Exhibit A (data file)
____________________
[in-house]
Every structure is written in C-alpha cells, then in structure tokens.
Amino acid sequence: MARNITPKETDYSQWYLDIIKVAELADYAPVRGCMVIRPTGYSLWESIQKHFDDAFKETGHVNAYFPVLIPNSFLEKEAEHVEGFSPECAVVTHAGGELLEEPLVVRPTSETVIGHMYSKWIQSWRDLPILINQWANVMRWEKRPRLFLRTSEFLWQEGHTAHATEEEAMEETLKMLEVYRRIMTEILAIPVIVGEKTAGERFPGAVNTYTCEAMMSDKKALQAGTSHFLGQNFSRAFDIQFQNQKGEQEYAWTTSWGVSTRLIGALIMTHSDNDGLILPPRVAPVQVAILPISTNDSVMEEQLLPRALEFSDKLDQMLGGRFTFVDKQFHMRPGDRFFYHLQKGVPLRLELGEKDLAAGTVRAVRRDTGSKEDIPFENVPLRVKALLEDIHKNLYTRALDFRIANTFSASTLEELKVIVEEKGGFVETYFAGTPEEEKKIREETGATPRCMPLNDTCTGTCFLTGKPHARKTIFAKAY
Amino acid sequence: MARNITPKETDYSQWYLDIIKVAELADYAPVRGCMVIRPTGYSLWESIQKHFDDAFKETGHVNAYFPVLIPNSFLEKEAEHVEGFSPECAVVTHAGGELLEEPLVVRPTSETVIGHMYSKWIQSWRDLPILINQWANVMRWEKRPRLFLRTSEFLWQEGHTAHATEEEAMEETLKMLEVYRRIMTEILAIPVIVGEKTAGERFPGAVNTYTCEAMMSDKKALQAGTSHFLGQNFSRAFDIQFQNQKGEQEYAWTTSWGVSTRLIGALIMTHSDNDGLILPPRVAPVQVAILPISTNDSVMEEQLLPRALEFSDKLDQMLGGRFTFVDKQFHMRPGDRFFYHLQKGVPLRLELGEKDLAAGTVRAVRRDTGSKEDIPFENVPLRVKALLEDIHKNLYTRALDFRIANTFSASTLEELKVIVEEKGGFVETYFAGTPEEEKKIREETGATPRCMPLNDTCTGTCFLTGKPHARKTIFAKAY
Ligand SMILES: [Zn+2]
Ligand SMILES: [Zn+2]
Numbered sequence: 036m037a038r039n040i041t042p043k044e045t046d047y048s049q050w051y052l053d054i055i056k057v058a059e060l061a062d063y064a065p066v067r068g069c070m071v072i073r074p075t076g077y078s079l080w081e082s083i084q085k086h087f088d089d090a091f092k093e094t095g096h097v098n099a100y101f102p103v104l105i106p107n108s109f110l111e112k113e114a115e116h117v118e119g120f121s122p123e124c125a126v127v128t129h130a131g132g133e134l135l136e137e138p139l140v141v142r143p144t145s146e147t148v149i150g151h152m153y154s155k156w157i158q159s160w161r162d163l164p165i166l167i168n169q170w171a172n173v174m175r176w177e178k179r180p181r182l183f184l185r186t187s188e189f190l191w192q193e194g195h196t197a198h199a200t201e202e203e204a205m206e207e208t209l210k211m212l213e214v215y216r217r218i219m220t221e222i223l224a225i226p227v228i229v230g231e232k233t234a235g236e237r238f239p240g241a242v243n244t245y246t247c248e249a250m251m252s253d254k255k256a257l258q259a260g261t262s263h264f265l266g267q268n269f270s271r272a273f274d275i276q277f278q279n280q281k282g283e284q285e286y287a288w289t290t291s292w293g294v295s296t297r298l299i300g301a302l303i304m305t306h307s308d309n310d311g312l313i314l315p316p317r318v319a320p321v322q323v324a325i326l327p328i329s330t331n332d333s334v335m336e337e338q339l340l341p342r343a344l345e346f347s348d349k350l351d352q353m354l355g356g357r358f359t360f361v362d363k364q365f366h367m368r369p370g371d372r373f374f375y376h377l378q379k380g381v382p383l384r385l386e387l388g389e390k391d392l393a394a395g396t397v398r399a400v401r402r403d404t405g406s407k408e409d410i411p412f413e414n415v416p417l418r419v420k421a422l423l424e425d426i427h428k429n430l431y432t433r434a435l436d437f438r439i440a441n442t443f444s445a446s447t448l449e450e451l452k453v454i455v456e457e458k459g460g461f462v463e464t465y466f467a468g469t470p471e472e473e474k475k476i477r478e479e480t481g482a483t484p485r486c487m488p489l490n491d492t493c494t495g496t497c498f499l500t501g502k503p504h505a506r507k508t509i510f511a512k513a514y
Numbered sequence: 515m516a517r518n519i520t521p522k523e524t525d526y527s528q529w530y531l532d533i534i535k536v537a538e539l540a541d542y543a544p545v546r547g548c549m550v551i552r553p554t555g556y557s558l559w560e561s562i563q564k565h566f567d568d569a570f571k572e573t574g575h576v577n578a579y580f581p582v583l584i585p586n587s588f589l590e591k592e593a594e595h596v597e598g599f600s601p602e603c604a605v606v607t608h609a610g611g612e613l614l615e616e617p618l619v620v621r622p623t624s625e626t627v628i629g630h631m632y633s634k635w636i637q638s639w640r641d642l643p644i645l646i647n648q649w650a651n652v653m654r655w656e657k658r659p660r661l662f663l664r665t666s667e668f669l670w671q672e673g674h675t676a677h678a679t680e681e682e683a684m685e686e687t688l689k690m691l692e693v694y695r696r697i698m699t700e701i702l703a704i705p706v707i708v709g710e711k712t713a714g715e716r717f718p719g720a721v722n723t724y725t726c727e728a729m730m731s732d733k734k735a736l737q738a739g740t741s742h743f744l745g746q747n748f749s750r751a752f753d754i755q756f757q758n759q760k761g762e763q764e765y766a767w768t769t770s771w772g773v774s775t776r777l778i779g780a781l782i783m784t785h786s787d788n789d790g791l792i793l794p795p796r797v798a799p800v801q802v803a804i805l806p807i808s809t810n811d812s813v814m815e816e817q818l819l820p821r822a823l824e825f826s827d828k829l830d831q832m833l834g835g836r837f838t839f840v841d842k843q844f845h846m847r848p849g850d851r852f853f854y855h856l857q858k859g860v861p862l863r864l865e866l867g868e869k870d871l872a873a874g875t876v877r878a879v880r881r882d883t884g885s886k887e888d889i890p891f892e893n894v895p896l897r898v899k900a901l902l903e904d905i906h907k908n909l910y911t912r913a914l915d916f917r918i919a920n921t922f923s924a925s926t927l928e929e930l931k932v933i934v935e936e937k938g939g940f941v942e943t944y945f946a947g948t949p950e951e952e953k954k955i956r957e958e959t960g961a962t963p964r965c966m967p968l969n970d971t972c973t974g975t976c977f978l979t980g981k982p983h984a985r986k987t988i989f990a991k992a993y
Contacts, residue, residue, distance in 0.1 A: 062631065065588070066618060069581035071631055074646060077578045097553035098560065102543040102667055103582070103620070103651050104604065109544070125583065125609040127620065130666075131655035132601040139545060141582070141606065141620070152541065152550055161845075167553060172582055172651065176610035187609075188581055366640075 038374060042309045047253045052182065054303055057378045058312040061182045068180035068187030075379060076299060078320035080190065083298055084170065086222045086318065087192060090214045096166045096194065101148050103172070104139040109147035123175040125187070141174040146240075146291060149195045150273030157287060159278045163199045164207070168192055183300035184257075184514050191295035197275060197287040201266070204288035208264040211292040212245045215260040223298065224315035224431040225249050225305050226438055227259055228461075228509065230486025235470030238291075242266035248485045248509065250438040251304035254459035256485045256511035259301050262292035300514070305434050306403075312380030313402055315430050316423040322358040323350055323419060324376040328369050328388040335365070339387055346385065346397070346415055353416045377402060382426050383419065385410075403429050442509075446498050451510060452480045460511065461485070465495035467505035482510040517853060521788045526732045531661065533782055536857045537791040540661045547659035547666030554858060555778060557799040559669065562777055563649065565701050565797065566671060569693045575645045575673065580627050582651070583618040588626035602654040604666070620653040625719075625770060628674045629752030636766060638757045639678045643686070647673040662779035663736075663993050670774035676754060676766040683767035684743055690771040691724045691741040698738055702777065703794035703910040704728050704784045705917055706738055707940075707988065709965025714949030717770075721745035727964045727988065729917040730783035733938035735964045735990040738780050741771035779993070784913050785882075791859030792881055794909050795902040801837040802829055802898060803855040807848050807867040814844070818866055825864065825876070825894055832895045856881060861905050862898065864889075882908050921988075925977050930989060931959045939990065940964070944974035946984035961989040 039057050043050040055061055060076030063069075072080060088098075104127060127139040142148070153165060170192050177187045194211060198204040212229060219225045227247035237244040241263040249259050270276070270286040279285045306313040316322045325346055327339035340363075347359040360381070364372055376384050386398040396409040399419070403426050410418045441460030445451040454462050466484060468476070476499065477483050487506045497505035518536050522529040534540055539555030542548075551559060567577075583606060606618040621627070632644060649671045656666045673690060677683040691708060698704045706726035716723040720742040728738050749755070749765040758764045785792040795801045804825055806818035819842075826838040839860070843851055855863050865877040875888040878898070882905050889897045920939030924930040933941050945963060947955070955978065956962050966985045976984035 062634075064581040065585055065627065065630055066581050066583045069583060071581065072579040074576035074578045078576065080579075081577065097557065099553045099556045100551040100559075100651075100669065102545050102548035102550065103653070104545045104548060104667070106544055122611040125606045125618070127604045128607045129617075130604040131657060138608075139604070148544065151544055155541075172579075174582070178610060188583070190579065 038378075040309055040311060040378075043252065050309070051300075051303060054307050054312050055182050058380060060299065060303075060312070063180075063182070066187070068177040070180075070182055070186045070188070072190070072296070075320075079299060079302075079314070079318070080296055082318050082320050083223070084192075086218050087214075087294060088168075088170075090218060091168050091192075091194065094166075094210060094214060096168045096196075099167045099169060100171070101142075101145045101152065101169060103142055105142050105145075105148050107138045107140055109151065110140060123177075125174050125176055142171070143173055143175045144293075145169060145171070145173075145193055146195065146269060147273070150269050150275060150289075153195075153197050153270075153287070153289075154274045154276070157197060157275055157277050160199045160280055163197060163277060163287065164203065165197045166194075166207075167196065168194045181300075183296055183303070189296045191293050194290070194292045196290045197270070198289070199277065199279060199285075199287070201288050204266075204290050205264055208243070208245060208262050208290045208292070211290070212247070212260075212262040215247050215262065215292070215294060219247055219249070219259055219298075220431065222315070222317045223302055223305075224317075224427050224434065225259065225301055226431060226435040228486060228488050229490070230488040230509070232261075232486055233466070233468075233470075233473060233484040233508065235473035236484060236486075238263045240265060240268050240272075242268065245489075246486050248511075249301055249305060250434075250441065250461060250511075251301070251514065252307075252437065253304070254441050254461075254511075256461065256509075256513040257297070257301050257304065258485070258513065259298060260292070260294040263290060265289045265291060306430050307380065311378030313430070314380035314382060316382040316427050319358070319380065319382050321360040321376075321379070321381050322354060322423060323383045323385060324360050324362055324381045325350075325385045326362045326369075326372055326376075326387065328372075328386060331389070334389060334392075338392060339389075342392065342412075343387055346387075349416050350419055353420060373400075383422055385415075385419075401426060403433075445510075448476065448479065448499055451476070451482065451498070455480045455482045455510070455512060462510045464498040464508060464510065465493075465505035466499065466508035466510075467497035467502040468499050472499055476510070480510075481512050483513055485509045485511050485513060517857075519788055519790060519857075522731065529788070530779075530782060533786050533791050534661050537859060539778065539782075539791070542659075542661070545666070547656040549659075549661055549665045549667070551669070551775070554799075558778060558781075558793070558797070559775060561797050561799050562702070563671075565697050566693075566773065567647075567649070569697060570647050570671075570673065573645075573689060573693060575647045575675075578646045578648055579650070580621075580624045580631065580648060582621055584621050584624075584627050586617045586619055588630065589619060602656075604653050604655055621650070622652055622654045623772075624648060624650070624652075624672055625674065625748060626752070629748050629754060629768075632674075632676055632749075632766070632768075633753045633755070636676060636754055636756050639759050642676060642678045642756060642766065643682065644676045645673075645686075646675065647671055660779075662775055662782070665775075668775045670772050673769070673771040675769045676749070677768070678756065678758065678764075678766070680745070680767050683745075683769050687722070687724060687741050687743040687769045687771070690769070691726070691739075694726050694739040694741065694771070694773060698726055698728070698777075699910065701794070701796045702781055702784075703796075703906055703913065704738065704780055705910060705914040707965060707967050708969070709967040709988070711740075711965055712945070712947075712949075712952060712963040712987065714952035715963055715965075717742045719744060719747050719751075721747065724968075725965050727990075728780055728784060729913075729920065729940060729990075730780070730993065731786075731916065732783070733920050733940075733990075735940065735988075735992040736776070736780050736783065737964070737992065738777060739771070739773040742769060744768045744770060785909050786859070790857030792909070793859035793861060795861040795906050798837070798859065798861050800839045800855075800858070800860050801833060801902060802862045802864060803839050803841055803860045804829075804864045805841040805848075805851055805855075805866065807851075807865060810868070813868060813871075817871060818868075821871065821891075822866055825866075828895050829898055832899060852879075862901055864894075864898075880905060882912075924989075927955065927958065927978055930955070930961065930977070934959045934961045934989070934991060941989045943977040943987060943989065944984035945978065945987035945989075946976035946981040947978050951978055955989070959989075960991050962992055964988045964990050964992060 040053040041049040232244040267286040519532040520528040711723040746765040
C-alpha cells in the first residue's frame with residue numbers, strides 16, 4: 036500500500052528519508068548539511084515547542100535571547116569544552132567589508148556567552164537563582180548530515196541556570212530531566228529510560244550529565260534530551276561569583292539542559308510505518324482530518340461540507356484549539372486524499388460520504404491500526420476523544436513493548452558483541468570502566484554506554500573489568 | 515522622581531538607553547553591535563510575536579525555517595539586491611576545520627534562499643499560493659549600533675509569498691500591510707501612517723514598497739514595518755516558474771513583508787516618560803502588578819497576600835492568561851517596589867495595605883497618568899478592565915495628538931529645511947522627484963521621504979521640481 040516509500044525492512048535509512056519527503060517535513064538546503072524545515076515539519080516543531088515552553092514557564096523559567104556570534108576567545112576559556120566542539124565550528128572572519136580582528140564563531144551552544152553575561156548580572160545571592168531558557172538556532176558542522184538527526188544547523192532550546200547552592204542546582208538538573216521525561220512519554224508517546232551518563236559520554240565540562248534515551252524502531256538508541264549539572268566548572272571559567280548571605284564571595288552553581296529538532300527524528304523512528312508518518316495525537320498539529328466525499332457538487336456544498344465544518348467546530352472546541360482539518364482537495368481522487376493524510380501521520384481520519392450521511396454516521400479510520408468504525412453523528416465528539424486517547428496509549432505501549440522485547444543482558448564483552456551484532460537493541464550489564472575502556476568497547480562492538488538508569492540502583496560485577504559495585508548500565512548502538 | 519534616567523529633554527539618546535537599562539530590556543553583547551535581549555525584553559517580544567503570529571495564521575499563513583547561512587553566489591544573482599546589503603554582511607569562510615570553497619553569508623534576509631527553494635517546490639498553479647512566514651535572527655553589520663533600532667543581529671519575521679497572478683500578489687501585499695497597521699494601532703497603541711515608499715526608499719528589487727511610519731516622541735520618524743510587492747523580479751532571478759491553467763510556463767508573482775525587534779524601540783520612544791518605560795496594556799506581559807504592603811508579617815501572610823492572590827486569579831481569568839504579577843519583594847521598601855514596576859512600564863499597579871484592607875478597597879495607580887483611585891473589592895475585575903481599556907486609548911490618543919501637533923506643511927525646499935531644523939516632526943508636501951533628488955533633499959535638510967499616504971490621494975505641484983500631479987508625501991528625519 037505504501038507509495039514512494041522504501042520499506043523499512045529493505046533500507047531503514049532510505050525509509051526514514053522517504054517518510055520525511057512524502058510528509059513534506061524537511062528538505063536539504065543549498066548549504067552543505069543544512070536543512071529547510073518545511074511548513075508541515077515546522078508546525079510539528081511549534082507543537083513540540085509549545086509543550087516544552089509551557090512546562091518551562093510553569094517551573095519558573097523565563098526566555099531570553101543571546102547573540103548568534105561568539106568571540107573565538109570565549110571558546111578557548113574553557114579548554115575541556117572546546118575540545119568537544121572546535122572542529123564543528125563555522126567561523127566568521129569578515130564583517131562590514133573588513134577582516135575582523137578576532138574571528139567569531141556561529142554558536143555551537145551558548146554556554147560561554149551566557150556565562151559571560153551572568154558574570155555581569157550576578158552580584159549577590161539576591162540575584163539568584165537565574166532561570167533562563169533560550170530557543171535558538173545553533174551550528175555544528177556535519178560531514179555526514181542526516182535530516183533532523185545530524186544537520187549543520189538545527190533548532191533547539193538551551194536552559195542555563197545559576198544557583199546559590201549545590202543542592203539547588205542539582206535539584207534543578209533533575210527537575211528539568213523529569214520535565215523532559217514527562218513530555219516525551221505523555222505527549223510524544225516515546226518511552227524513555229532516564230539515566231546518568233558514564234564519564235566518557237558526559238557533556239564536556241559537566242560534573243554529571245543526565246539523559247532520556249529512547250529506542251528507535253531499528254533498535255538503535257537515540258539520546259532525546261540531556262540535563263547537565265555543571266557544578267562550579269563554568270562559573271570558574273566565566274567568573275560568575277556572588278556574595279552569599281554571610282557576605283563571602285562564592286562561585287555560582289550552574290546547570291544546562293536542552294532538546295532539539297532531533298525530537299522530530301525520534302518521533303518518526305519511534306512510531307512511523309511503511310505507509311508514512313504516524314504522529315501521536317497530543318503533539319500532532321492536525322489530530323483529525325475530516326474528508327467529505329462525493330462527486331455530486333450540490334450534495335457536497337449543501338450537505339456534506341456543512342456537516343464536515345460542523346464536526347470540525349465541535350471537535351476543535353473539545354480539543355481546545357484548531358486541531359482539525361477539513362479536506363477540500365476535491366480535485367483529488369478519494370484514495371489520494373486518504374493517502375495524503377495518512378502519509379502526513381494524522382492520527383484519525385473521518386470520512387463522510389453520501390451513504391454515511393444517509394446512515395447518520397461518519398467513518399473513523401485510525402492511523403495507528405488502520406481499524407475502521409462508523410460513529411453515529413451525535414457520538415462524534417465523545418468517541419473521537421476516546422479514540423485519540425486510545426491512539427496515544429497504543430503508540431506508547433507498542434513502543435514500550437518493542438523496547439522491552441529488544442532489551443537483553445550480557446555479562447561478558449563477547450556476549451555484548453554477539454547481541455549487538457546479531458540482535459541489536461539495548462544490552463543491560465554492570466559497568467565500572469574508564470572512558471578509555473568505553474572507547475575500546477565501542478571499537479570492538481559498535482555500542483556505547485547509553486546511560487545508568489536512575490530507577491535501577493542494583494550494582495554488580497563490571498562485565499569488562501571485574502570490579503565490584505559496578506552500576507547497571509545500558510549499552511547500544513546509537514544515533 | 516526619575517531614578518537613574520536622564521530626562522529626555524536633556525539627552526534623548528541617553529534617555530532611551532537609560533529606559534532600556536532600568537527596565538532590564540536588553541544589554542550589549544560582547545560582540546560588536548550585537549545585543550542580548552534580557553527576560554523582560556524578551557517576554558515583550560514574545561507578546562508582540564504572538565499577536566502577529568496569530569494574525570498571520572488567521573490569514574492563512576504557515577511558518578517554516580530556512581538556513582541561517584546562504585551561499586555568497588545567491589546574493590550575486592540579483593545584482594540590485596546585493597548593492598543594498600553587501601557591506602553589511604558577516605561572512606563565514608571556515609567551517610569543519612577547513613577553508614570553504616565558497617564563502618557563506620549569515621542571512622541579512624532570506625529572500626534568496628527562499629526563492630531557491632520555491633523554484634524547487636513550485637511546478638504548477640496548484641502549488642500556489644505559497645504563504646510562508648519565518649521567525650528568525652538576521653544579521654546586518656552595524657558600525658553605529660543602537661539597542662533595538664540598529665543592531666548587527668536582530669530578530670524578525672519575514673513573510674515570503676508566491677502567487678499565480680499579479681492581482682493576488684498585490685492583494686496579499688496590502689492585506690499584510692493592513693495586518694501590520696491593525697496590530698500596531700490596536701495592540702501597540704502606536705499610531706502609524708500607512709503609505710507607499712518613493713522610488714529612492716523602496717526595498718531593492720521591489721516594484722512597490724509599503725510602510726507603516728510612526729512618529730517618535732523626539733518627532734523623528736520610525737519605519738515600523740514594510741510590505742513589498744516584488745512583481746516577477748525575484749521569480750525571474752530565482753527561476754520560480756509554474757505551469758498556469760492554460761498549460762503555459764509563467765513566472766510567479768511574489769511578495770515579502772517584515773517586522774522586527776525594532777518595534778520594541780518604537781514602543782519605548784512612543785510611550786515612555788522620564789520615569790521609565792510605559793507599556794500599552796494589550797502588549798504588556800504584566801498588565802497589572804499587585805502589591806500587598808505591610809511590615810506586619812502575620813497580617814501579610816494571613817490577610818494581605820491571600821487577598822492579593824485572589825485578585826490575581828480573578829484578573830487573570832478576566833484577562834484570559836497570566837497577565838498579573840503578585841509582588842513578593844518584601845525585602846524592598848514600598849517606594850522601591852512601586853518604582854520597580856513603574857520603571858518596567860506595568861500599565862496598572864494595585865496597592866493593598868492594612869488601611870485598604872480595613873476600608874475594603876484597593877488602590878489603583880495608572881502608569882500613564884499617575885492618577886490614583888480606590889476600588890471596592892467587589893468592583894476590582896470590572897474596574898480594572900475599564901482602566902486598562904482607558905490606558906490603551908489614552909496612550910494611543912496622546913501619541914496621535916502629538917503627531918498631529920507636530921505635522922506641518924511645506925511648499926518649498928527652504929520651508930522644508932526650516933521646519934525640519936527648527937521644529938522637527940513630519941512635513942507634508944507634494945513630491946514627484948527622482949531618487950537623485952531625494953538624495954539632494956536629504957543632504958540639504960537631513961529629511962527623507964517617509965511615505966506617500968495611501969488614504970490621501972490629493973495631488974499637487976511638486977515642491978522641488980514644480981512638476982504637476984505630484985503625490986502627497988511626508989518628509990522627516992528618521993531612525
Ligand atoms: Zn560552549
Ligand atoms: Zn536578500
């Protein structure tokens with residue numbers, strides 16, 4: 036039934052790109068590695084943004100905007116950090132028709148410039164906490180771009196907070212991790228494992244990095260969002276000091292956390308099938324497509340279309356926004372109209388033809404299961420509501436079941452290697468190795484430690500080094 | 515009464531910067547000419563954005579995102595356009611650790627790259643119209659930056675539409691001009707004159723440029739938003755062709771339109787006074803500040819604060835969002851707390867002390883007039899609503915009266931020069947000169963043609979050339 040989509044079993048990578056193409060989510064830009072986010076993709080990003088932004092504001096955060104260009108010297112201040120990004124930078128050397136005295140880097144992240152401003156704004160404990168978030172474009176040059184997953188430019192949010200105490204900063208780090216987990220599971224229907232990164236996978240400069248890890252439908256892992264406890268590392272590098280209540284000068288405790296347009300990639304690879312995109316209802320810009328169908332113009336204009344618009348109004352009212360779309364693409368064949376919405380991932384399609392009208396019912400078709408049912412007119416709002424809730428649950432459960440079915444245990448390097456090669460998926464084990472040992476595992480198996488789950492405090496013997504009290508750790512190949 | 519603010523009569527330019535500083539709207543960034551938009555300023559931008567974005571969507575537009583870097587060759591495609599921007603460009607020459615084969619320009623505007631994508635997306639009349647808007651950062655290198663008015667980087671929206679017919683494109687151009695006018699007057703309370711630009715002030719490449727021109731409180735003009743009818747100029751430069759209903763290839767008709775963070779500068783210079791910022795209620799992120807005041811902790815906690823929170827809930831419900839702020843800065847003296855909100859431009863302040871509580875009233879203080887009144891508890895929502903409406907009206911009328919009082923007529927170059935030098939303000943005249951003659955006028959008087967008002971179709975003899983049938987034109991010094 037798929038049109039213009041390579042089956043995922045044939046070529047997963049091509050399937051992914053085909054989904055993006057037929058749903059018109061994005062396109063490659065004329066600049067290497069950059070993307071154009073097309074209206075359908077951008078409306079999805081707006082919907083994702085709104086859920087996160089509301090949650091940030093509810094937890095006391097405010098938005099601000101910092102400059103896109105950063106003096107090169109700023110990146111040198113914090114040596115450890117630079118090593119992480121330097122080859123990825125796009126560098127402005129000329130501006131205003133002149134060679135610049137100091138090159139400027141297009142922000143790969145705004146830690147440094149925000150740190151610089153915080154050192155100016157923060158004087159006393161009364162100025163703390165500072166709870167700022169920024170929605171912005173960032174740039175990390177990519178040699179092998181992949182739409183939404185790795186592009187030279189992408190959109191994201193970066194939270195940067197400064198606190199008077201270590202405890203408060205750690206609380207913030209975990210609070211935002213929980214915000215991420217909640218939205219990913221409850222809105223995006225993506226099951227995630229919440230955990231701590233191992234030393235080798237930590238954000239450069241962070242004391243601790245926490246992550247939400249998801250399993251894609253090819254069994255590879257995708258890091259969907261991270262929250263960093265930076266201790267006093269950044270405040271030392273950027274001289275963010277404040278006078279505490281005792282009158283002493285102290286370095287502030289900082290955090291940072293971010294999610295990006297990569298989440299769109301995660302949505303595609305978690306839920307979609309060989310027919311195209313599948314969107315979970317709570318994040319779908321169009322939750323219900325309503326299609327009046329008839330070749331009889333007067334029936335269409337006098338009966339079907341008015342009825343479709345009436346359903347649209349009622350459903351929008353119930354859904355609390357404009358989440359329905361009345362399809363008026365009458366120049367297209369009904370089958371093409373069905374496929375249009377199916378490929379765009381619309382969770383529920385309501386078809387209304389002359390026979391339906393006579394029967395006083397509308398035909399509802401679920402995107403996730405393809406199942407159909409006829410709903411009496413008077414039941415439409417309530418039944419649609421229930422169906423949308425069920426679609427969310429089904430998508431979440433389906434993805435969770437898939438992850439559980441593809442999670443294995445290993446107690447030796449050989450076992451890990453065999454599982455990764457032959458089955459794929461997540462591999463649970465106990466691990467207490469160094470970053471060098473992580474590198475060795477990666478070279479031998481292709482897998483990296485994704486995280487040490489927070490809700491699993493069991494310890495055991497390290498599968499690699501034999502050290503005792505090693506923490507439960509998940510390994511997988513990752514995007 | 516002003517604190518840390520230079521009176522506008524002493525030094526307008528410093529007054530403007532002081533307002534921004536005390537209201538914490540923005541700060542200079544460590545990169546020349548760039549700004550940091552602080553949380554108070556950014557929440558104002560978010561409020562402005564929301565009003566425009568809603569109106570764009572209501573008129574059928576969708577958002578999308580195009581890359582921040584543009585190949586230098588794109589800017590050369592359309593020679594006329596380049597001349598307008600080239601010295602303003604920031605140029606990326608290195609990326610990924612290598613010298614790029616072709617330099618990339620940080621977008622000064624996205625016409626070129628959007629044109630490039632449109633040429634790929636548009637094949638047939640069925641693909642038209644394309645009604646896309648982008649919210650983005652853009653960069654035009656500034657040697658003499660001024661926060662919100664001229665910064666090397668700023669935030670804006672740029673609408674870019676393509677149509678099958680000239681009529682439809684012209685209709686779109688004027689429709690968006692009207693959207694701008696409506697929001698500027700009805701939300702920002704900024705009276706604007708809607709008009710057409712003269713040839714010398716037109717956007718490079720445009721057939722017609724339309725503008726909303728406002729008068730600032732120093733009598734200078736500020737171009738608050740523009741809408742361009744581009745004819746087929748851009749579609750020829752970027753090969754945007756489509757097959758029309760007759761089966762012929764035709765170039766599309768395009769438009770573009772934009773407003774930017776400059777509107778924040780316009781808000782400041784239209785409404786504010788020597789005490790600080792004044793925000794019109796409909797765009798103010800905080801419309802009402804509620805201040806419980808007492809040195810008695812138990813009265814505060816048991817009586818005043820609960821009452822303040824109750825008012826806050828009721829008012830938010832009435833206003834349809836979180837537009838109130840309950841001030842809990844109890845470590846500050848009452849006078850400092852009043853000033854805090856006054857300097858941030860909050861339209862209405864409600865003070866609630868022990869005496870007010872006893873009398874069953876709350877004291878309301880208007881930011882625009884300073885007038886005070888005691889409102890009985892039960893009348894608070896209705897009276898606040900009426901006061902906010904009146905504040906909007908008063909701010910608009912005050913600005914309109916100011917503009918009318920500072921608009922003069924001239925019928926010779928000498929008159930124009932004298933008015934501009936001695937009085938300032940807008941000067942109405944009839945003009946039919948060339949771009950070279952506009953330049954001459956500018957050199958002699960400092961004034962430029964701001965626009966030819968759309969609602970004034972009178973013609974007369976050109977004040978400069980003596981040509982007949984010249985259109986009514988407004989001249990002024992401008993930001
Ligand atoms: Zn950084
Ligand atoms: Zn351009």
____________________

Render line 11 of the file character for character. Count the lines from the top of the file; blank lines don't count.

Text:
Ligand atoms: Zn560552549